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  36. ...interesting post Peter. My hubby is 6'5" about 220 so he is tall and very muscular so "everything" for his is custom. So whether I make it or it comes from a tailor it is custom and he is willing to pay for a good no GREAT fit. Some of his shirts are upwards of $200 even what I make as the fabric he chooses and my labor if I were to charge would be between $150 and $200 for his shirts. So if I go to purchase a custom shirt I am looking for that something special and I am willing to pay. That is me and I know my hubby feels that way as he has had custom clothing all his life based on his build.

    A note on not making the creative endeavor you adore into your job - welllllllllllll as long as you can maintain creative license and your clients allow you that all will be good...........it gets dicey when the client wants to dictate yet they don't have or see a vision. I say do whatever floats your boat - you can do it as long as you like it and stop when you want.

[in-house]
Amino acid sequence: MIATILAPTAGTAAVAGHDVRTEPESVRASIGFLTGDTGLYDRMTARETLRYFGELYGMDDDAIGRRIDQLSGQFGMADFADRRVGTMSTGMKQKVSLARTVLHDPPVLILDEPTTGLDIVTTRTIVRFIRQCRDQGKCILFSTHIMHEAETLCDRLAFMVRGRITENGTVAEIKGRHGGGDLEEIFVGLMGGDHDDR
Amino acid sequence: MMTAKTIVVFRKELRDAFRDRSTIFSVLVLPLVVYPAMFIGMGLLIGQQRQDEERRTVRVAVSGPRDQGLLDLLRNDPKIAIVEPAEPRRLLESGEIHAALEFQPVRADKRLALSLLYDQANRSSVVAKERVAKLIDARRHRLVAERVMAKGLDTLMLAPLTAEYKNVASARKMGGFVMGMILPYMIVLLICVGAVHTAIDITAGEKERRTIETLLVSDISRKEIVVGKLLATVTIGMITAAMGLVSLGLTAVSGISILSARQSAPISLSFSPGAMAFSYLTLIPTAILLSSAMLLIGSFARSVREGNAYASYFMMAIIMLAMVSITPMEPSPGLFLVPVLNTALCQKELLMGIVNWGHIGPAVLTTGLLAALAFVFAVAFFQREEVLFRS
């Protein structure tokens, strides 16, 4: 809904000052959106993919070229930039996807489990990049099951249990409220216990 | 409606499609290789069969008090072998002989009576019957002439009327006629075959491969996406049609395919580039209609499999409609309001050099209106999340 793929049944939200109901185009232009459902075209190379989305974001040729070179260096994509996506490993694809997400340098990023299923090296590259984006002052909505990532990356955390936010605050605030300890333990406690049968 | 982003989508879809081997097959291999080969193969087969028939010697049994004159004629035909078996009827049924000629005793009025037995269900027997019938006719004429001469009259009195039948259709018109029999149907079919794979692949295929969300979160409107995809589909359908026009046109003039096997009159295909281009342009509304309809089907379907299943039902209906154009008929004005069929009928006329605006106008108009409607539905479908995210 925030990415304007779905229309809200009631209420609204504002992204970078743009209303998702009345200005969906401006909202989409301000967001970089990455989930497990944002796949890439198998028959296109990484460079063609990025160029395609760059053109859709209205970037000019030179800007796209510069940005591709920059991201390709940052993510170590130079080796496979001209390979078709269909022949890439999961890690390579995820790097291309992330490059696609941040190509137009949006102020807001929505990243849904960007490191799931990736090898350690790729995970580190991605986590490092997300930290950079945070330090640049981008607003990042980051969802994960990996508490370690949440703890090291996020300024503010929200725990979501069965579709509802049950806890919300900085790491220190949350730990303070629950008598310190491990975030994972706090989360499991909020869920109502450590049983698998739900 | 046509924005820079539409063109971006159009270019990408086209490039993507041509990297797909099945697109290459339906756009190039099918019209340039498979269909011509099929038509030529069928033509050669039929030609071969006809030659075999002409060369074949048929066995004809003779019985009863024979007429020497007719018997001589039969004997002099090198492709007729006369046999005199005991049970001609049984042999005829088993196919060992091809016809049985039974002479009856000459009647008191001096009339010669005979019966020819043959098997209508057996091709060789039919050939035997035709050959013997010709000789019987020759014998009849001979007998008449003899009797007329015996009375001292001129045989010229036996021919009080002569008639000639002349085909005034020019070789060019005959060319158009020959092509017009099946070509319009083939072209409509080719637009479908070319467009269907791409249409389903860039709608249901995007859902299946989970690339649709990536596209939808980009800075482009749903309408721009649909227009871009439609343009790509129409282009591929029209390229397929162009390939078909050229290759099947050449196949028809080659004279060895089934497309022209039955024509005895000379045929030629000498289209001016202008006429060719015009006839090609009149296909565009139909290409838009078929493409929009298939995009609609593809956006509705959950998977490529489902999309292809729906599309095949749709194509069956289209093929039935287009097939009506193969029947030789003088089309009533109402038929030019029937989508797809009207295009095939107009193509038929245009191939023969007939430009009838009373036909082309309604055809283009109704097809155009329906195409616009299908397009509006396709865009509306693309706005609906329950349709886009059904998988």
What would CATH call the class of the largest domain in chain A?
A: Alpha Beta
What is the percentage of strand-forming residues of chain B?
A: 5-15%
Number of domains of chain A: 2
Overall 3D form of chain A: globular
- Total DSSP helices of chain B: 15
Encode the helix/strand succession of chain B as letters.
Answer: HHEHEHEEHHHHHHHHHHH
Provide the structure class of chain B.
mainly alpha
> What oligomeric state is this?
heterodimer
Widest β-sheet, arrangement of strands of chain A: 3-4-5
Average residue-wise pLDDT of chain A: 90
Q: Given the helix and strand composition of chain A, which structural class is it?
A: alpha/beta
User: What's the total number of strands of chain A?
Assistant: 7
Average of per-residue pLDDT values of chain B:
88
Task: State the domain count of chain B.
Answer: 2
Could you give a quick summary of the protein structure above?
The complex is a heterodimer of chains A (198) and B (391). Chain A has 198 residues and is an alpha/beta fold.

Cynthia

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  37. The pattern is very unusual and you either like it or don't but that's not really relevant to the question. What is striking is how wonderful the tailoring is: this is a "product" that you can't buy in the shops. I don't know anything about going rates for services so wouldn't venture any opinion on appropriate rates/market potential etc etc but, whatever you decide to charge, you have a beautiful product

    ReplyDelete